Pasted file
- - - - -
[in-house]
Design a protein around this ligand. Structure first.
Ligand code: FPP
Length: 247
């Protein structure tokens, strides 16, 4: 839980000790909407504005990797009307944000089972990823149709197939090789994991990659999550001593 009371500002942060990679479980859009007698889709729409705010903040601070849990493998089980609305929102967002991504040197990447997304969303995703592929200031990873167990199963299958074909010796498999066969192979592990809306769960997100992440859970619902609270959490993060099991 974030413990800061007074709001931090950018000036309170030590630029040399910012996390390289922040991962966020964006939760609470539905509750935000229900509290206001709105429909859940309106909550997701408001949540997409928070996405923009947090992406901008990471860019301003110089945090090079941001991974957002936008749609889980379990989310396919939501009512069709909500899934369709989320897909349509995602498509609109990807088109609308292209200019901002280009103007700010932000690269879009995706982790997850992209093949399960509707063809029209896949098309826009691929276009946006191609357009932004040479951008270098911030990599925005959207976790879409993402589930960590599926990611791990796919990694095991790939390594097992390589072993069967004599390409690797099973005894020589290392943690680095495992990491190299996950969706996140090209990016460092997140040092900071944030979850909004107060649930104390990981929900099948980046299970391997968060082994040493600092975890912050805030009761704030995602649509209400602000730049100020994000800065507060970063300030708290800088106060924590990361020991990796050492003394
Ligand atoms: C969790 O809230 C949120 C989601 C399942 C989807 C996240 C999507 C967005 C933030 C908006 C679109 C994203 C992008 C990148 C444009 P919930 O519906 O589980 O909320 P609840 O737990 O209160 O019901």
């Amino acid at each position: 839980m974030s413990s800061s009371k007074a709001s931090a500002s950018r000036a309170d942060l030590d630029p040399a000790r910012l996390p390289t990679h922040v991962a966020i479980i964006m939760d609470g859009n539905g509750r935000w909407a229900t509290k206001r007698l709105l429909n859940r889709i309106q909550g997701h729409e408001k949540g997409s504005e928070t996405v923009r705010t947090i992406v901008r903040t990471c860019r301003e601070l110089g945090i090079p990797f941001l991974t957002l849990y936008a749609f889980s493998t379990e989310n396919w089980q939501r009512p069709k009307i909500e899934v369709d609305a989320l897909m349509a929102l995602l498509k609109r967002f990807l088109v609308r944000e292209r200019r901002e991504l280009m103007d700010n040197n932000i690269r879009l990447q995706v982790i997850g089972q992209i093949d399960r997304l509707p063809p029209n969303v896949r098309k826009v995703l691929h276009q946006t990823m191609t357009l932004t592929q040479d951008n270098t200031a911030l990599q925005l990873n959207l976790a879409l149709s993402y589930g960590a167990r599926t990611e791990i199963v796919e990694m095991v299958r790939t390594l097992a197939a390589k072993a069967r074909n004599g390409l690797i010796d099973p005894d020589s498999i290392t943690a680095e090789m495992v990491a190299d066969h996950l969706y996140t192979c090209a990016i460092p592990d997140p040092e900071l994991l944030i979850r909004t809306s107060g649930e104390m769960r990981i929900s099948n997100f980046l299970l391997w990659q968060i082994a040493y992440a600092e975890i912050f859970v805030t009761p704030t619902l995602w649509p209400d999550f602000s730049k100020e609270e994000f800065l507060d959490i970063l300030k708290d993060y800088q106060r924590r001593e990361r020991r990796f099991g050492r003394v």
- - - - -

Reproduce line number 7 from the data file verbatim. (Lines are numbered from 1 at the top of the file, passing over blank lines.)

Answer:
């Amino acid at each position: 839980m974030s413990s800061s009371k007074a709001s931090a500002s950018r000036a309170d942060l030590d630029p040399a000790r910012l996390p390289t990679h922040v991962a966020i479980i964006m939760d609470g859009n539905g509750r935000w909407a229900t509290k206001r007698l709105l429909n859940r889709i309106q909550g997701h729409e408001k949540g997409s504005e928070t996405v923009r705010t947090i992406v901008r903040t990471c860019r301003e601070l110089g945090i090079p990797f941001l991974t957002l849990y936008a749609f889980s493998t379990e989310n396919w089980q939501r009512p069709k009307i909500e899934v369709d609305a989320l897909m349509a929102l995602l498509k609109r967002f990807l088109v609308r944000e292209r200019r901002e991504l280009m103007d700010n040197n932000i690269r879009l990447q995706v982790i997850g089972q992209i093949d399960r997304l509707p063809p029209n969303v896949r098309k826009v995703l691929h276009q946006t990823m191609t357009l932004t592929q040479d951008n270098t200031a911030l990599q925005l990873n959207l976790a879409l149709s993402y589930g960590a167990r599926t990611e791990i199963v796919e990694m095991v299958r790939t390594l097992a197939a390589k072993a069967r074909n004599g390409l690797i010796d099973p005894d020589s498999i290392t943690a680095e090789m495992v990491a190299d066969h996950l969706y996140t192979c090209a990016i460092p592990d997140p040092e900071l994991l944030i979850r909004t809306s107060g649930e104390m769960r990981i929900s099948n997100f980046l299970l391997w990659q968060i082994a040493y992440a600092e975890i912050f859970v805030t009761p704030t619902l995602w649509p209400d999550f602000s730049k100020e609270e994000f800065l507060d959490i970063l300030k708290d993060y800088q106060r924590r001593e990361r020991r990796f099991g050492r003394v």